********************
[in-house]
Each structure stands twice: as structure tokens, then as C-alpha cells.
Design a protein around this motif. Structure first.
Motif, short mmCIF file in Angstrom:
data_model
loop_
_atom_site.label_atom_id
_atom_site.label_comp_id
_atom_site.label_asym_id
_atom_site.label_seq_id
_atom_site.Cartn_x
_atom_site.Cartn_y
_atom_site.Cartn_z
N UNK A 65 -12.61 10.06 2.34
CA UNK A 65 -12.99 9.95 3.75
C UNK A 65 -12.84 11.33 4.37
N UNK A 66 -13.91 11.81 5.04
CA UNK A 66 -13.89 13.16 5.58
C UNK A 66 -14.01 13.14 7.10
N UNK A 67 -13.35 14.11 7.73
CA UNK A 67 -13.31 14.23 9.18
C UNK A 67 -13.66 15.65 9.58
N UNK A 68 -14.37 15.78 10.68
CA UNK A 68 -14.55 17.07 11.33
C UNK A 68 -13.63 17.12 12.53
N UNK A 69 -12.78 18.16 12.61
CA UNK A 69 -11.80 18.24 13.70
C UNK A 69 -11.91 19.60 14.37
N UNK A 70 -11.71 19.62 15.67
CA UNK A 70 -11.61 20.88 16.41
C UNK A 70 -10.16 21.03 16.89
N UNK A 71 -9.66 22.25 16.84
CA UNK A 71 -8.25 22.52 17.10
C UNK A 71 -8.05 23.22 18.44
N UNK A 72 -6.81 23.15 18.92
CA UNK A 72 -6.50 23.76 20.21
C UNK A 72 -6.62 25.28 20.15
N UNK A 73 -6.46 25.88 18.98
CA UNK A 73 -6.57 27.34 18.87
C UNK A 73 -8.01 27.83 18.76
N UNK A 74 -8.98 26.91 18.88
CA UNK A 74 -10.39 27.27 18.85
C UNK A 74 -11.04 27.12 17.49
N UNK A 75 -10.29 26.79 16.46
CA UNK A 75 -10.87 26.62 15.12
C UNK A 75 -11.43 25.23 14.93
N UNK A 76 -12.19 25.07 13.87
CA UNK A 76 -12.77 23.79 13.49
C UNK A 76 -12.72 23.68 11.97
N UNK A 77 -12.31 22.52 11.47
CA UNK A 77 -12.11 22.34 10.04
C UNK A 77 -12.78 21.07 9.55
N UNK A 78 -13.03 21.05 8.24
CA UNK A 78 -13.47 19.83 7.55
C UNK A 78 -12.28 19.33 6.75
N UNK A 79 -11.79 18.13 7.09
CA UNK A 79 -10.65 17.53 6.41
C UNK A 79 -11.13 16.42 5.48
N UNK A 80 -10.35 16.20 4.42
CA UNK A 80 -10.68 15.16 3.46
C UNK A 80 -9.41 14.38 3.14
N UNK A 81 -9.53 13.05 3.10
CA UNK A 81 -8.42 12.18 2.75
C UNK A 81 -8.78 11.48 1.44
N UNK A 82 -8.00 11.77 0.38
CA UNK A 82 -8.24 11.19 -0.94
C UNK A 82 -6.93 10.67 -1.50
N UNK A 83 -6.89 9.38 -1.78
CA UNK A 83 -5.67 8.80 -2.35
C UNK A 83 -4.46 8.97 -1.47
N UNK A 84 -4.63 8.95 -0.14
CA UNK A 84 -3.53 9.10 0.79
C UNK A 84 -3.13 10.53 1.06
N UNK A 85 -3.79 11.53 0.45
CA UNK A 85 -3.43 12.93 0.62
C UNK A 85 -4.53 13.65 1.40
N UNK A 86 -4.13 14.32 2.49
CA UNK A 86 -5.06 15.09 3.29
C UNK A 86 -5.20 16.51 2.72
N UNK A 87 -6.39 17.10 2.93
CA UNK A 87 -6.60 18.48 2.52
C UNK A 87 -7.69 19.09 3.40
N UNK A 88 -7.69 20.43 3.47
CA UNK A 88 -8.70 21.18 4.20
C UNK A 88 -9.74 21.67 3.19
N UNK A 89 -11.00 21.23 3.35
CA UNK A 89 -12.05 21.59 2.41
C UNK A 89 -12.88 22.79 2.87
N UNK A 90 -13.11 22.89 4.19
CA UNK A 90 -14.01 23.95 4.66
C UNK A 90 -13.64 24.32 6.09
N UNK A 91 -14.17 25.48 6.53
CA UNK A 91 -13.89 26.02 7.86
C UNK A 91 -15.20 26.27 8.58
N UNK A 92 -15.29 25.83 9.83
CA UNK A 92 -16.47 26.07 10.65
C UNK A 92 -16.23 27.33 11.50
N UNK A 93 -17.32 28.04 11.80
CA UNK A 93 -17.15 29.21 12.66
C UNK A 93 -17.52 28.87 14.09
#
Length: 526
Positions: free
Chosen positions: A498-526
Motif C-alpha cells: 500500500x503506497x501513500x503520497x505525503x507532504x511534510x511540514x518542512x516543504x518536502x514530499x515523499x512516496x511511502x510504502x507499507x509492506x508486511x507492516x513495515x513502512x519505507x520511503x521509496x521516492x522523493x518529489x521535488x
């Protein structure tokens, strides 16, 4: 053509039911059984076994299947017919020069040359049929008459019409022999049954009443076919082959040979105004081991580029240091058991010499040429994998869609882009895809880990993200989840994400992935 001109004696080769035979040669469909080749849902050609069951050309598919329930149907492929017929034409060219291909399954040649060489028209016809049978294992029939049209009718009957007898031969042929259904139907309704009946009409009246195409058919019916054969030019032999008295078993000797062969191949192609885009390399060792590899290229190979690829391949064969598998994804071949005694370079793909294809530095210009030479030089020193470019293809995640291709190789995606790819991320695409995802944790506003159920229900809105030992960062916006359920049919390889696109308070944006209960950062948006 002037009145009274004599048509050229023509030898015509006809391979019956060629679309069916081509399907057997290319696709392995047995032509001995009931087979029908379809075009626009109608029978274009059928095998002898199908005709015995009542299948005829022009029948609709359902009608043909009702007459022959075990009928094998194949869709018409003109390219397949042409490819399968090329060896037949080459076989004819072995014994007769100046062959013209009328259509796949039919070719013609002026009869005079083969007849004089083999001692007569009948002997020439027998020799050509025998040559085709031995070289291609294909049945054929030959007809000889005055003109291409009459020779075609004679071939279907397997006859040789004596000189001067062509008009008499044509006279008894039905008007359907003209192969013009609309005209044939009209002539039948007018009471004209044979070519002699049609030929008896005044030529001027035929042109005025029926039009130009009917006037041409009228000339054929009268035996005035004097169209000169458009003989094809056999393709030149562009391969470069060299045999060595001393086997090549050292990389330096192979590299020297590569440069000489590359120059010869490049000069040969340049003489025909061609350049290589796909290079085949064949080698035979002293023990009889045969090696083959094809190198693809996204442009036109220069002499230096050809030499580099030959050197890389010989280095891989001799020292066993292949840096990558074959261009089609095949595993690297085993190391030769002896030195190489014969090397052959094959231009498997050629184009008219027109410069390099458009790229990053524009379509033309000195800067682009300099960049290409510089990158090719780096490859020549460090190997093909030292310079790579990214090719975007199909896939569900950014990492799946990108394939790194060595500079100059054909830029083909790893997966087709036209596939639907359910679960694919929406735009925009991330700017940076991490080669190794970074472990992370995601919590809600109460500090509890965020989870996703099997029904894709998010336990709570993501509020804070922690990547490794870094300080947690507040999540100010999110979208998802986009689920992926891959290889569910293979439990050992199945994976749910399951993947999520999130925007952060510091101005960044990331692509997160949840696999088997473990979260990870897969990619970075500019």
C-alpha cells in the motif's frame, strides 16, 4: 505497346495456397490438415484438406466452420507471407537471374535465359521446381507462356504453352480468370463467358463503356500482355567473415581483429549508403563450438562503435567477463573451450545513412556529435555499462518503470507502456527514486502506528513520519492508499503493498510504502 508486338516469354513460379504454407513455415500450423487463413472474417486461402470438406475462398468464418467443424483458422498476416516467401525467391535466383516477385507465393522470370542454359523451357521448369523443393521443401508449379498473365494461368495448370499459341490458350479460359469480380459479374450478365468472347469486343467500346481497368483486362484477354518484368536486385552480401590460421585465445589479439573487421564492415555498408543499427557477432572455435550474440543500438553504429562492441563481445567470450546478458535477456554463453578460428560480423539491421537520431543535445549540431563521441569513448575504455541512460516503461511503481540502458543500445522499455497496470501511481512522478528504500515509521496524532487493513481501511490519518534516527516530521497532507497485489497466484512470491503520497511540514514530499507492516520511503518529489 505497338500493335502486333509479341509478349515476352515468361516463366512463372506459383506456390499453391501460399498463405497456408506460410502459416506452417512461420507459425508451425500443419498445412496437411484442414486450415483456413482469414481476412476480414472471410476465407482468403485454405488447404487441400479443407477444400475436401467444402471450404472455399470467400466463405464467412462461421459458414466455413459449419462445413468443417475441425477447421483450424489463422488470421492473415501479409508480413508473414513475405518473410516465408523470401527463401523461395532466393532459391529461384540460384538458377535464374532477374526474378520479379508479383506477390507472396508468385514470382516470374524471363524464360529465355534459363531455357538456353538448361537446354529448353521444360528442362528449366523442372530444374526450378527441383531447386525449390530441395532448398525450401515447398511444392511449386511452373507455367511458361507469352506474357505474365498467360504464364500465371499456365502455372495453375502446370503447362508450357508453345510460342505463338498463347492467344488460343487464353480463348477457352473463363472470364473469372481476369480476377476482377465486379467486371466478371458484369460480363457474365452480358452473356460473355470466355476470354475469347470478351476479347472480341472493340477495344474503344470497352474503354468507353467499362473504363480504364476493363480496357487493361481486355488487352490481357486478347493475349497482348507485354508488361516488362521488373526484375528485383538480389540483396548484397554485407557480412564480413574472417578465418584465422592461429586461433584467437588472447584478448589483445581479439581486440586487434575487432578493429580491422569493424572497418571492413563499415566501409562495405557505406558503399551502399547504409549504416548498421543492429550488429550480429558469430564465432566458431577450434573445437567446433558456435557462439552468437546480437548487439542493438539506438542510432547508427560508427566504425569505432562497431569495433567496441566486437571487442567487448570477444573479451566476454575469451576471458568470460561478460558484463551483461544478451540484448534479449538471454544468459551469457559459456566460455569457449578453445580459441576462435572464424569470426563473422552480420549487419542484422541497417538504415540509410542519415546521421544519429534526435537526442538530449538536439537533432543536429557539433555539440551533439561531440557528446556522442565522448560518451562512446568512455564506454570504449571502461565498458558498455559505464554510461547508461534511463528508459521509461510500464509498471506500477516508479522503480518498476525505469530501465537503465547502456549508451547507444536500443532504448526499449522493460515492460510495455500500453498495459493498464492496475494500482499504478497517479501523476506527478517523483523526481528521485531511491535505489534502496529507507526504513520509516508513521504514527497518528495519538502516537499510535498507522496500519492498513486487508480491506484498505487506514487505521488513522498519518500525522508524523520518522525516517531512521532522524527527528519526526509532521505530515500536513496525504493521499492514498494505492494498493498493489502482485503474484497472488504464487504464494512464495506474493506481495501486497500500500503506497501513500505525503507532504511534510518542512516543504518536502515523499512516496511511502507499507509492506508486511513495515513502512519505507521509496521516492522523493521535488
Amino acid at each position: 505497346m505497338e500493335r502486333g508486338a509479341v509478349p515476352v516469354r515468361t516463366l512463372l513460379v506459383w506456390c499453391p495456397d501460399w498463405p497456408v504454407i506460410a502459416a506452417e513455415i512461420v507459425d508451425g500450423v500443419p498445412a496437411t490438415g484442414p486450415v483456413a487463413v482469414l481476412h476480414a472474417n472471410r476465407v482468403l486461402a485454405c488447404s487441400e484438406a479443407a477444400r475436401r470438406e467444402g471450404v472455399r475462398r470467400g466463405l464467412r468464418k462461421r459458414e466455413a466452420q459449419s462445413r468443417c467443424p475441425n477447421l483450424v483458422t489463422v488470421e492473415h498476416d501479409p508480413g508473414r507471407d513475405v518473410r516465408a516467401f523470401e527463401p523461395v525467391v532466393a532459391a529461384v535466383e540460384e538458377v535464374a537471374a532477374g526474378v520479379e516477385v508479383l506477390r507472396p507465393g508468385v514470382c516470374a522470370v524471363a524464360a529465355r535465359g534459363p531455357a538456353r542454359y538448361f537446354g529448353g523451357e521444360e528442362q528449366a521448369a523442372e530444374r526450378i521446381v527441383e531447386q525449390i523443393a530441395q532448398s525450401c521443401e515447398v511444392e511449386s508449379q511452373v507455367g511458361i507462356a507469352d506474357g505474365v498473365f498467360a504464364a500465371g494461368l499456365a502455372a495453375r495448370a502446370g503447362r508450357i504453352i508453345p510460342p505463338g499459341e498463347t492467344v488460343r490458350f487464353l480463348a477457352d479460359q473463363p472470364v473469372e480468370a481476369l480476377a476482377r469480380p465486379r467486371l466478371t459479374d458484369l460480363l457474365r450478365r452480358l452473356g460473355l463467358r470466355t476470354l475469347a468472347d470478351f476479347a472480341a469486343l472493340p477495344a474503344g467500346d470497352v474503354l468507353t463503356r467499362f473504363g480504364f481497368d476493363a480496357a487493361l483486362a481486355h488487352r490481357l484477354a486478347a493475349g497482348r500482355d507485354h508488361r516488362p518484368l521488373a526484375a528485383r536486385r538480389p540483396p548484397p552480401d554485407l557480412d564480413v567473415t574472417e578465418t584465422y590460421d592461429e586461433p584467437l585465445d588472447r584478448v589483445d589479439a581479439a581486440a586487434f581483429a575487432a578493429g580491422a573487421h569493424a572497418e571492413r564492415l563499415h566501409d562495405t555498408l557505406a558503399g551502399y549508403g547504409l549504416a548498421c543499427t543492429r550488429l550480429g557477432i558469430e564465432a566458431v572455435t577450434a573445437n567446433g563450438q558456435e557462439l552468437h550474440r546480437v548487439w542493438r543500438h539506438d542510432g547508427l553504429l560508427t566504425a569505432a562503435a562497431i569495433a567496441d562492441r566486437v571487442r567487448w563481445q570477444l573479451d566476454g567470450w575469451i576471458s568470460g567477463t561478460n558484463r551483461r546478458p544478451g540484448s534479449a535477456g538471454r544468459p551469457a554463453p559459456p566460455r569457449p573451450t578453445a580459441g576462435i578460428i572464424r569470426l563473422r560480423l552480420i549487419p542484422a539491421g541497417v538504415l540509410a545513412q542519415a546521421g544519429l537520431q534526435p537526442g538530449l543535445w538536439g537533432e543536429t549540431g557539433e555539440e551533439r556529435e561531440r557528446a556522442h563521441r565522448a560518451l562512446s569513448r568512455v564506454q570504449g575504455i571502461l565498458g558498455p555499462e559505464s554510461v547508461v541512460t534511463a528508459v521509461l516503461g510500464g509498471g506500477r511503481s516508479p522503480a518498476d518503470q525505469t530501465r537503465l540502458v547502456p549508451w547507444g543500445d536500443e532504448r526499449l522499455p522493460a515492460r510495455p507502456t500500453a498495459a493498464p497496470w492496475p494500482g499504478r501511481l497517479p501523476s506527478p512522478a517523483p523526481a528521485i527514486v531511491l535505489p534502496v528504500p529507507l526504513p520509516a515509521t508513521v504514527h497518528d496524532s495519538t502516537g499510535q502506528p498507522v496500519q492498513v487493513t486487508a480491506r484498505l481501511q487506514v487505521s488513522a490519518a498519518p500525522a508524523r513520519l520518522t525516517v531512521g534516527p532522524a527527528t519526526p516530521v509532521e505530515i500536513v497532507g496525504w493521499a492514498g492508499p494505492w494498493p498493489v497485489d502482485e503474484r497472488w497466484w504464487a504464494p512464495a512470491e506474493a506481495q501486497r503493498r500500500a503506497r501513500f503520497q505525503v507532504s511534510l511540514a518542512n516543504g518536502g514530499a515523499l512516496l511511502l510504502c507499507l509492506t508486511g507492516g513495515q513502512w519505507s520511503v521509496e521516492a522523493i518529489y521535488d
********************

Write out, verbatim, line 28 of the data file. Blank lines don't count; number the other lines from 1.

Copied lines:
C UNK A 69 -11.91 19.60 14.37